Table 1
Nomenclature and compositions (%weight).

The samples of the five compositions prepared were wetted with 8% water and conformed by uniaxial pressing in a hydraulic press in 15 MPa, set in a rectangular steel mold (114 X 25 mm). The samples were dried at room temperature and in a laboratory stove at 110ºC for 24 hours, then fired at 550, 650, 750, 850, 950 and 1050ºC in a laboratory oven. The heating rate used was 3ºC/min maintaining the maximum temperature for an hour in each firing temperature mentioned before and with a natural convection cooling after shutting off the oven.

In order to verify the mobility of pollutants leaching and solubilizations tests, according to NBR 100051616 ABNT - Brazilian Standards Association. ABNT NBR 10005 - Procedure for obtaining solubilized solid waste extract. Rio de Janeiro (RJ): ABNT; 2004. p. 1-16. e NBR 100061717 ABNT - Brazilian Standards Association. ABNT NBR 10006 - Procedure for obtention of solubilized extraction of solid wastes. Rio de Janeiro (RJ): ABNT; 2004. p. 1-3., were performed in granite and biomass. The elements, as well as other substances required by the NBR 100041818 ABNT - Brazilian Standards Association. ABNT NBR 10004 - Solid waste - Classification.Rio de Janeiro (RJ): ABNT; 2004. p. 1-71. standard were determined in the solubilization and leaching extracts.

In order to evaluate the mechanical properties, the dry apparent density, linear shrinkage and water absorption tests were done according to ASTM C373-721919 ASTM - American Society for Testing and Materials. C373-72 - Water Absorption, Bulk Density, Apparent Porosity and Apparent Specific Gravity of Fired Whiteware Products. West Conshohocken, USA: ASTM; 1972. and the three-point flexural rupture strength based on the ASTM C674-77 2020 ASTM - American Society for Testing and Materials. C674-77 - Flexural Properties of Ceramic Whiteware Materials. West Conshohocken, USA: ASTM; 1977..

3. Results and Discussion

Figure 1 shows the DSC and TG biomass analysis, performed to investigate its thermal behavior.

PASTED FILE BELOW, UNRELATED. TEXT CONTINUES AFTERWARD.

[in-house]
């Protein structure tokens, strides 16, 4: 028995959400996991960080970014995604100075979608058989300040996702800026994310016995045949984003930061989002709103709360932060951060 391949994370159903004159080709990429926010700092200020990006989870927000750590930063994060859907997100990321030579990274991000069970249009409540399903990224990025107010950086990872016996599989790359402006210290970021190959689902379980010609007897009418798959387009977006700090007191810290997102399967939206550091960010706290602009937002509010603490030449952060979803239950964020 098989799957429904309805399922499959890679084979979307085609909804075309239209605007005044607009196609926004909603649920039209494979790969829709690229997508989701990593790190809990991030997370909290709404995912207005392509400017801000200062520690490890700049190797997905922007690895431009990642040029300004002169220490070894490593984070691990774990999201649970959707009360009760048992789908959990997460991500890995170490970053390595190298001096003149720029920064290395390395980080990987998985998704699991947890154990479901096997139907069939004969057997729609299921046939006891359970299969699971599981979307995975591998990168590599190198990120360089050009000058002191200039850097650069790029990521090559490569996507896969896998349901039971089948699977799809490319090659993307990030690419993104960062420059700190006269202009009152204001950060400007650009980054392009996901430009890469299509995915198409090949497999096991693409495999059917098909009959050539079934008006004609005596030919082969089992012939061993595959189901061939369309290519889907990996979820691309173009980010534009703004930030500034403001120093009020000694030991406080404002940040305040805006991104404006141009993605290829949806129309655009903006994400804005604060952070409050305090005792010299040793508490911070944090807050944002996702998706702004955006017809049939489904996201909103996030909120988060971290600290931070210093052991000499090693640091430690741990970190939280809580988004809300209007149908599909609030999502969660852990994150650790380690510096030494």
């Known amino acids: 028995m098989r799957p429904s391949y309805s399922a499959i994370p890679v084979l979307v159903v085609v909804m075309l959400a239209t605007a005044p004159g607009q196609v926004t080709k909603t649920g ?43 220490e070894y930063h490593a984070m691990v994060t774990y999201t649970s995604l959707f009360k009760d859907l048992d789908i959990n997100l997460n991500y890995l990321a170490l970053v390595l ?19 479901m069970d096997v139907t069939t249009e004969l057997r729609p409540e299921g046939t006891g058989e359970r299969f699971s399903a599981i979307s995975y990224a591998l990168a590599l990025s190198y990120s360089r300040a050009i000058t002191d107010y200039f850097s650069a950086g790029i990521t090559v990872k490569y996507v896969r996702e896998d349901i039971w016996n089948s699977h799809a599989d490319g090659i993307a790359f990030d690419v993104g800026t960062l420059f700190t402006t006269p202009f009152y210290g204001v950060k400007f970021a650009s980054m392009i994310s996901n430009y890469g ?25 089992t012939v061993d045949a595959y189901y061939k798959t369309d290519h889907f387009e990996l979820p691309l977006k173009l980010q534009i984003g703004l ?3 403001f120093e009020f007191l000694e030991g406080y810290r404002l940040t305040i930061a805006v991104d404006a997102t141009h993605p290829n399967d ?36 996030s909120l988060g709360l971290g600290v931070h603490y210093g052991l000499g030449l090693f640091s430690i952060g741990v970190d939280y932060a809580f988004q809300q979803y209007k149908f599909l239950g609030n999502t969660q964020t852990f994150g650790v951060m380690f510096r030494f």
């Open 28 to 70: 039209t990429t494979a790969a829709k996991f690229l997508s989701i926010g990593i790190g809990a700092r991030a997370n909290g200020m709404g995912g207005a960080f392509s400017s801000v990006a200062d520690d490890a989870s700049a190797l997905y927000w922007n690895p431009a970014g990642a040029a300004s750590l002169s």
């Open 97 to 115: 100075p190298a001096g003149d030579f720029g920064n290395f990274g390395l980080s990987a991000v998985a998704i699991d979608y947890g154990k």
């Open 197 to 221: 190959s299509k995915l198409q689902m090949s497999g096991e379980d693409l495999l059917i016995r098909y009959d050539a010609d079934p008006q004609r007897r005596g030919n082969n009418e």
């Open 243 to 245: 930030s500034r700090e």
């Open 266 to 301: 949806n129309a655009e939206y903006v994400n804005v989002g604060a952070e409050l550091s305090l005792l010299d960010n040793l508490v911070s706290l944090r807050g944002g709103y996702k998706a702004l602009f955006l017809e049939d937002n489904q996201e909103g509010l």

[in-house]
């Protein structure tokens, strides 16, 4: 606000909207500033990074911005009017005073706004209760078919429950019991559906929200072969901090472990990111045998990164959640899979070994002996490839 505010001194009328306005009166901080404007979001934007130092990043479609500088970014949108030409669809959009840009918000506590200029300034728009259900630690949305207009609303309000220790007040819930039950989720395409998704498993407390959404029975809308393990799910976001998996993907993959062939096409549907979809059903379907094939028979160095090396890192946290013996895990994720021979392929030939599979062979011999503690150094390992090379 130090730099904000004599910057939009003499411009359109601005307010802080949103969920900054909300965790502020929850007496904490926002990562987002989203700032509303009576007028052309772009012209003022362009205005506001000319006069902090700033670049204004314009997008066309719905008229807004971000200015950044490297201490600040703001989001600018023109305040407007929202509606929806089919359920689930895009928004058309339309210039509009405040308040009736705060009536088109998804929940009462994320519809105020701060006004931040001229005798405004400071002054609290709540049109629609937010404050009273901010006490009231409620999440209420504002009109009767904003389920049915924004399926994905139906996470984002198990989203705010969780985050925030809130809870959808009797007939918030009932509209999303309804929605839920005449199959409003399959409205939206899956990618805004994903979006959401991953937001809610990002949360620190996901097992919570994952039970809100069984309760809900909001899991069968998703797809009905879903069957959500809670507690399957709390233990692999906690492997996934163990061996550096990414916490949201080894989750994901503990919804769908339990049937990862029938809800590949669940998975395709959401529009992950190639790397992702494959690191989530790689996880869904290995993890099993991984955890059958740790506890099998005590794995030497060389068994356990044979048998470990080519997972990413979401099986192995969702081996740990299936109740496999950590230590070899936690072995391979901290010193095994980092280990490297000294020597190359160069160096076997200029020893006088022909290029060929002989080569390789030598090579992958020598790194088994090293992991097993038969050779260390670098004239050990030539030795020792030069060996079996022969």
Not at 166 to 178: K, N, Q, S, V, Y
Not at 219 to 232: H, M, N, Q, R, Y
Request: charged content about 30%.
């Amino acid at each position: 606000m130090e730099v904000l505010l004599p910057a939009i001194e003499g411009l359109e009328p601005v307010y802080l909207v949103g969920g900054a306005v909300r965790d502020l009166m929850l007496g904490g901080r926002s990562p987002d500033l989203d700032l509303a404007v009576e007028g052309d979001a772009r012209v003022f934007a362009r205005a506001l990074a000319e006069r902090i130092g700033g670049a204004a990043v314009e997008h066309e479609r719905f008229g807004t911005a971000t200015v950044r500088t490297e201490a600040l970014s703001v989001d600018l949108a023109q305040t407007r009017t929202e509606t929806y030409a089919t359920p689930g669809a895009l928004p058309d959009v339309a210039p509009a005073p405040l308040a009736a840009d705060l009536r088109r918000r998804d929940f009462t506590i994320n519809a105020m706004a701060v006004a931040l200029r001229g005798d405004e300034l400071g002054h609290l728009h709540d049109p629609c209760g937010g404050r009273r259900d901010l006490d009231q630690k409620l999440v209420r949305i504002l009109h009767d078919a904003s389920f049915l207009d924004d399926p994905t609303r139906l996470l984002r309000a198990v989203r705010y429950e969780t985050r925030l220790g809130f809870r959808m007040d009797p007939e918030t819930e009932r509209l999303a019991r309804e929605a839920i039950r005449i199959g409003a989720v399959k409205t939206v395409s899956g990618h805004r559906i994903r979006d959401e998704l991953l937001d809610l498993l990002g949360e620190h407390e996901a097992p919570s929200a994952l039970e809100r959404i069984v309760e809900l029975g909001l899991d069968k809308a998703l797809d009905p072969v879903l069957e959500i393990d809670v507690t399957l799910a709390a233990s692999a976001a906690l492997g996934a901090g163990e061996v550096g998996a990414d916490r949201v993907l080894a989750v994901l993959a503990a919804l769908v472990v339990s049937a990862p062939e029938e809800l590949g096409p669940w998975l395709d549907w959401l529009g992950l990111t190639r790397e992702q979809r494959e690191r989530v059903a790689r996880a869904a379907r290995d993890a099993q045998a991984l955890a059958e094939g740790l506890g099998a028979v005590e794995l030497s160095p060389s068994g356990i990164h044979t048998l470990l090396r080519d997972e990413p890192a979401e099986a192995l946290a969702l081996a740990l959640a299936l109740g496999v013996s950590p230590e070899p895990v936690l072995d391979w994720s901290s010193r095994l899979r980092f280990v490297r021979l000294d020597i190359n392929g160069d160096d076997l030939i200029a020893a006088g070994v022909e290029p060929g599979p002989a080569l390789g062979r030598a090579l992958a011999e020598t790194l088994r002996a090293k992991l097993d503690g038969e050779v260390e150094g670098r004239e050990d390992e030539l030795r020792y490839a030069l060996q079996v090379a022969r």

Figure 1
DSC/TG Eichhornia crassipes dry biomass curves.

In Figure 1 it is noticed that around 100ºC there is an endothermic peak that characterizes biomass loss of adsorbed water, associated with an average mass loss. Twowell-defined exothermic peaks between ±280 e 525ºC, associated with a ±55% mass loss which shows that the biomass releases heat in this temperature range assisting sintering process of clay ceramics through heat releasing as well as energy savings during the firing process.

Table 2 shows the chemical composition of the granite waste, which is similar to one of the clays used to prepared the red ceramics.

Table 2
Chemical composition of granite waste (wt.%).

It is possible to observe the presence of SiO2 (69.9%) followed by Al2O3 (17%) and a significant amount of alkaline oxides (K2O and Na2O), in a total of 8.9%, in contrast with the local clays collected in Campos dos Goytacazes/RJ (Brazil), that naturally have a low flux content88 Amaral LF, Carvalho JPRG, Silva BM, Delaqua GCG, Monteiro SN, Vieira CMF. Development of ceramic paver with ornamental rock waste. Journal of Materials Research and Technology. 2019;8(1):599-608. as a consequence of being kaolinitic clays2121 Monteiro SN, Vieira CMF. Influence of firing temperature on the ceramic properties of clays from Campos dos Goytacazes, Brazil. Applied Clay Science. 2004;27(3-4):229-234.. The alkaline oxides may act as fluxes, improving the sintering process by reacting with silica and alumina to form liquid phase by eutectic reaction88 Amaral LF, Carvalho JPRG, Silva BM, Delaqua GCG, Monteiro SN, Vieira CMF. Development of ceramic paver with ornamental rock waste. Journal of Materials Research and Technology. 2019;8(1):599-608..

Another advantage of the granite waste is its low content of 1.3% Fe2O3, when compared to the clays collected in Rio de Janeiro/RJ (Brazil)2222 Babisk MP, Ribeiro AP, Monteiro SN, Vieira CMF. Development of ceramics based on clays from different regions in the state of Rio de Janeiro, Brazil. Materials Science Forum. 2015;805:530-535.. The absence of iron compounds in the clay masses not only avoids damage to the wear of processing equipment, but also ceramic clays with a content below 3% Fe2O3 are indicated for the manufacture of light-colored products.

One final comment on the results of Table 2 is that the granite waste low fire loss (LoI) of 0.55% indicates thermal stability. Excessive LoI can cause more retraction and porosity after firing.

Figure 2 shows the particle size distribution curves of raw materials. In this figure, the different particle size range is associated with the clay, silt and sand classification 2323 Santos PS. Science and Technology of Clays. 2ª ed. São Paulo (SP): Edgard Blücher; 1989.. The clay fraction is associated to particle sizes smaller than 0,002 mm, the silt fraction between 0,002 e 0,02 mm and the sand fraction particles bigger than 0,02 mm. The clay fraction provides the clay samples greater plasticity since in its range of particle size, there is a higher percentage of clay minerals. The sand fraction represents coarser particles being associated with quartz and responsible for the adjustment of workability, reduction of plasticity and linear shrinkage2323 Santos PS. Science and Technology of Clays. 2ª ed. São Paulo (SP): Edgard Blücher; 1989..

Figure 2
Particle size distribution of raw materials.